There is a ‘boom’ in Boom – let’s get that out of the way. But it was as though the narrator in this most American play, Barbara (a bombastic Mandi Symonds), had been doing television shows for many years, and without the watchful eye of the Federal Communications Commission, the US regulator for broadcast media, now finds herself doing theatre, so she can swear to her heart’s content without being bleeped or worse still, fined. So Boom deploys the word ‘motherf– — er’ repeatedly, mostly, as far as I could tell, because it can. The first few times were amusing enough, but it gradually gets increasingly unfunnier, much like the show as a whole.
It’s like a train that’s run out of steam before limping into its terminus station, with a part-philosophical and part-self- congratulatory epilogue, taking the form of a monologue from Barbara that seemed to go on for longer than the average-length sermon in a local parish church on a Sunday morning would. Fairly recently, an actor told me that “people like their shows [to be] grounded” – this one is, I’m sorry to report, dramaturgically all over the place.
Rather like the 1728 satire The Beggar’s Opera, there’s a reprieve from a sad ending, because Barbara is able to pull the levers, in more ways than one, in such a way that has a direct impact on the show’s proceedings. This ‘anything goes’ approach is not disappointing in its own right, but the main problem with it is the missed opportunities as the play’s fullest potential is never realised.
There’s some great acting from the two main characters, Jules (Will Merrick) and Jo (Nicole Sawyerr), who make the best with what they’re given. But, goodness me, they’re not given much.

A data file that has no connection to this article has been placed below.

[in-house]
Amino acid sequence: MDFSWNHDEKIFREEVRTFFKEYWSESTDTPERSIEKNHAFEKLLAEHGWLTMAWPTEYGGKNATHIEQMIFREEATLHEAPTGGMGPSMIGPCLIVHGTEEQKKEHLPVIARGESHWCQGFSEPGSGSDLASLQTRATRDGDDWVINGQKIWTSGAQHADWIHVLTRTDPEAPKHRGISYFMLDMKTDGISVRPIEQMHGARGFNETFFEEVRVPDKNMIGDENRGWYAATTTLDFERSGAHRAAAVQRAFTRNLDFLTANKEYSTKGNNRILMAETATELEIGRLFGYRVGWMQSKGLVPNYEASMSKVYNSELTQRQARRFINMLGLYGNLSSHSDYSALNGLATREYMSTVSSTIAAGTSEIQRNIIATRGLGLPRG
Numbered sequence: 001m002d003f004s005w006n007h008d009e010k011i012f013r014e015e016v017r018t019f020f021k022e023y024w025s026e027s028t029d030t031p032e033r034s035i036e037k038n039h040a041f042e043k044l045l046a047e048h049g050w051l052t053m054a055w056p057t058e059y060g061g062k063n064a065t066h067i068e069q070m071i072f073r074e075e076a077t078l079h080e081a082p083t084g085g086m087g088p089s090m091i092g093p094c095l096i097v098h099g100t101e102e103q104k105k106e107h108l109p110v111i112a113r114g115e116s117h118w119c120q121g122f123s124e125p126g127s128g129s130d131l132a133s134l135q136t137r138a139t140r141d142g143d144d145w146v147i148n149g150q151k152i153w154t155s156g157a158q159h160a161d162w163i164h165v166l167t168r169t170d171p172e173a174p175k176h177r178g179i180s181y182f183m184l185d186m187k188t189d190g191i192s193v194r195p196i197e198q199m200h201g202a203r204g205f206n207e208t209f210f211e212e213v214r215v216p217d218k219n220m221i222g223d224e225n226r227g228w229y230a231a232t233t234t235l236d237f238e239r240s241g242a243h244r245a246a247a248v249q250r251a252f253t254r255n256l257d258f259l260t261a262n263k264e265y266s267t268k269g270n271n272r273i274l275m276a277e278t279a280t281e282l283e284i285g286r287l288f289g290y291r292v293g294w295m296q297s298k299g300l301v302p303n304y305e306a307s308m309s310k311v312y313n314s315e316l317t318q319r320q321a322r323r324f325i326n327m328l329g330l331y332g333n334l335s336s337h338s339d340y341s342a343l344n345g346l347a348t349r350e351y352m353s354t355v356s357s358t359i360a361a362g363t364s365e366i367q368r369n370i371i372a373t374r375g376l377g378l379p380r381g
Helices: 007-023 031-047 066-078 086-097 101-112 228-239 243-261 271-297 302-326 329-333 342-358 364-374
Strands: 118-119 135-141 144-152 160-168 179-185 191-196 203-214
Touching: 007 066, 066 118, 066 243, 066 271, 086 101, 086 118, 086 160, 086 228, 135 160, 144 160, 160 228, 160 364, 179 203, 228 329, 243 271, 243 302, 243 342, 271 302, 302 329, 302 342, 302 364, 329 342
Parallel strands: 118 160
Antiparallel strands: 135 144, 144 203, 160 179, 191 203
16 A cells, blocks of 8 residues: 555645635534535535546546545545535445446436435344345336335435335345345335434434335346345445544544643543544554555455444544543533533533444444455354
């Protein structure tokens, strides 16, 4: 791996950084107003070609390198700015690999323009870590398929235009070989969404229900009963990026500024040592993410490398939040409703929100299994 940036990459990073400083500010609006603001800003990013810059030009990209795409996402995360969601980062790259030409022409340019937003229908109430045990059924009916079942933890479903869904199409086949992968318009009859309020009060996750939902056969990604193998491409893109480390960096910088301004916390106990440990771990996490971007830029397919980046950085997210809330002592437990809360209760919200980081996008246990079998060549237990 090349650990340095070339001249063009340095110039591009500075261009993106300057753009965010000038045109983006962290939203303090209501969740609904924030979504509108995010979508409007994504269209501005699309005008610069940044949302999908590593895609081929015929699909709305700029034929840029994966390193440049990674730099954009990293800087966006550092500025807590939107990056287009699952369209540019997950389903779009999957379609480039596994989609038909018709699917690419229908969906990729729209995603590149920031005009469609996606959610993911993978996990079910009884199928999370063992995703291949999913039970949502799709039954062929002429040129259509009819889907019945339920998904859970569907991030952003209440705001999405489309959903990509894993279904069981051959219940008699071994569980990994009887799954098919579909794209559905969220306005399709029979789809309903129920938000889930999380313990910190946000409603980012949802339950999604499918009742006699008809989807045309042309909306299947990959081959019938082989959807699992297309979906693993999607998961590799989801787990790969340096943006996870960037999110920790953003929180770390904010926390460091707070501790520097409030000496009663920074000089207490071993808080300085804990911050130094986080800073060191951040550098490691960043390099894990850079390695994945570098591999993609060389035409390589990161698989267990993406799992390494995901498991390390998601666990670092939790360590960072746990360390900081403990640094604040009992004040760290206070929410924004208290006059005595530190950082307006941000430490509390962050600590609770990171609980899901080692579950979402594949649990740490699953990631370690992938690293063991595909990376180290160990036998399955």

“Really? Again?” I thought to myself as it became clear the play explores the end of the world. How (un)original. There have been more than enough dystopian plays, books and motion pictures over the years – does the London stage really need another one? There’s not much this play adds to the canon of post-apocalyptic theatre, save for some witty punchlines in the awkwardness between Jules and Jo that pervades the plot from beginning to end.
Barbara’s inability to properly express herself results in missing words from sentences and exaggerated expressions, which will have worked better on a larger stage but in the studio space of Theatre503 (wonderful as it is), it’s overkill, to be blunt. Even so, Mandi Symonds is delightful in the role, and I wonder if this would work better as a one-woman show. There are glimpses of her life outside directing what essentially is a play within the play, and the character development could be substantially deeper if the show were really stripped back.
As it is, there are some mildly humorous observations about the limitations of budgetary (and other) constraints on this production. The stop-start, freeze-frame nature of the play makes it sluggish, however. “Please make this night worth surviving”, Jo pleads, bless her. It’s a bit of a stretch to say I shared Jo’s wish to be taken either by her own hand or that of Jules, but I did find it a struggle to maintain interest throughout. A talented cast is let down by an almost tortuously meandering script.
If there’s anything to be taken away from this bizarre and unfocused play, it’s that not even the end of the world can stop ruthless and cutthroat management styles from continuing to rear their ugly heads.
Review by Chris Omaweng
Jules, a marine biologist, placed a personals ad offering “sex to change the course of the world”. Jo replied and has come to Jules’ lab expecting a hot night of no strings sex. But this is no casual encounter, it has evolutionary significance and the future of the human race hangs in the balance.
Will they survive? Will we survive? What’s with the fish tank? And who is the strange woman in the corner?
Cast: Will Merrick (The Rack Pack (BBC), Skins (E4)), Nicole Sawyerr & Mandi Symonds (1984, West End)
Announcement Productions in association with Theatre503 presents
Running Time: 1hr 35 mins
Written by Peter Sinn Nachtrieb
Directed by Katherine Nesbitt
WRITER – Peter Sinn Nachtrieb
DIRECTOR – Katherine Nesbitt
PRODUCER – Ian Melding
DESIGNER – Nicola Blackwell
LIGHTING DESIGNER – Robbie Butler
SOUND DESIGNER – Callum Wyles
JULES – Will Merrick
JO – Nicole Sawyerr
BARBARA – Mandi Symonds
Booking to 26th August 2017